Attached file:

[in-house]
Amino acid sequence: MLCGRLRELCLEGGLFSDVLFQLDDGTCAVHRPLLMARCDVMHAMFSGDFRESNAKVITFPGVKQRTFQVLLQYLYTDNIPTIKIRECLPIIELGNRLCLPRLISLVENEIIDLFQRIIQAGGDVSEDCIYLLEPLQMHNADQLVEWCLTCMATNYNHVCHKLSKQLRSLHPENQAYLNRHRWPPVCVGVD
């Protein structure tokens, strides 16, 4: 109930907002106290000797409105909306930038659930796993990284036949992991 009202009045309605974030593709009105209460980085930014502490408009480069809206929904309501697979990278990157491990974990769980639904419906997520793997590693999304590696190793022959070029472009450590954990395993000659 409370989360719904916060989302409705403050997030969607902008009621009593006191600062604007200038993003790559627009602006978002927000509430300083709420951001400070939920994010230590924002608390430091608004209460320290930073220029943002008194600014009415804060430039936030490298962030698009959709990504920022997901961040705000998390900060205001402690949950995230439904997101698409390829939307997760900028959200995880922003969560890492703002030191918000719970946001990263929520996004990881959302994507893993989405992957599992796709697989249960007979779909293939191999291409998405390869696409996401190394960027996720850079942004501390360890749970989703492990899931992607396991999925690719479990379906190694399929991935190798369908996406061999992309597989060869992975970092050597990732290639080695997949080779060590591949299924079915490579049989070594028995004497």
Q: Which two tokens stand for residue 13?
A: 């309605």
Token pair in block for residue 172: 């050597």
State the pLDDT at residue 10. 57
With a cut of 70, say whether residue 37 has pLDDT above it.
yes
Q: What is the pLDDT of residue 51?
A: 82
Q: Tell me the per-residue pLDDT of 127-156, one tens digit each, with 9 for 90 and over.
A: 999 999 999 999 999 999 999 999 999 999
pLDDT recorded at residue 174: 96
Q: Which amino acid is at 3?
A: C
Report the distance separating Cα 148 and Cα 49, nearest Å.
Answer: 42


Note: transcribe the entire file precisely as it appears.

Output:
[in-house]
Amino acid sequence: MLCGRLRELCLEGGLFSDVLFQLDDGTCAVHRPLLMARCDVMHAMFSGDFRESNAKVITFPGVKQRTFQVLLQYLYTDNIPTIKIRECLPIIELGNRLCLPRLISLVENEIIDLFQRIIQAGGDVSEDCIYLLEPLQMHNADQLVEWCLTCMATNYNHVCHKLSKQLRSLHPENQAYLNRHRWPPVCVGVD
């Protein structure tokens, strides 16, 4: 109930907002106290000797409105909306930038659930796993990284036949992991 009202009045309605974030593709009105209460980085930014502490408009480069809206929904309501697979990278990157491990974990769980639904419906997520793997590693999304590696190793022959070029472009450590954990395993000659 409370989360719904916060989302409705403050997030969607902008009621009593006191600062604007200038993003790559627009602006978002927000509430300083709420951001400070939920994010230590924002608390430091608004209460320290930073220029943002008194600014009415804060430039936030490298962030698009959709990504920022997901961040705000998390900060205001402690949950995230439904997101698409390829939307997760900028959200995880922003969560890492703002030191918000719970946001990263929520996004990881959302994507893993989405992957599992796709697989249960007979779909293939191999291409998405390869696409996401190394960027996720850079942004501390360890749970989703492990899931992607396991999925690719479990379906190694399929991935190798369908996406061999992309597989060869992975970092050597990732290639080695997949080779060590591949299924079915490579049989070594028995004497």
Q: Which two tokens stand for residue 13?
A: 């309605």
Token pair in block for residue 172: 């050597």
State the pLDDT at residue 10. 57
With a cut of 70, say whether residue 37 has pLDDT above it.
yes
Q: What is the pLDDT of residue 51?
A: 82
Q: Tell me the per-residue pLDDT of 127-156, one tens digit each, with 9 for 90 and over.
A: 999 999 999 999 999 999 999 999 999 999
pLDDT recorded at residue 174: 96
Q: Which amino acid is at 3?
A: C
Report the distance separating Cα 148 and Cα 49, nearest Å.
Answer: 42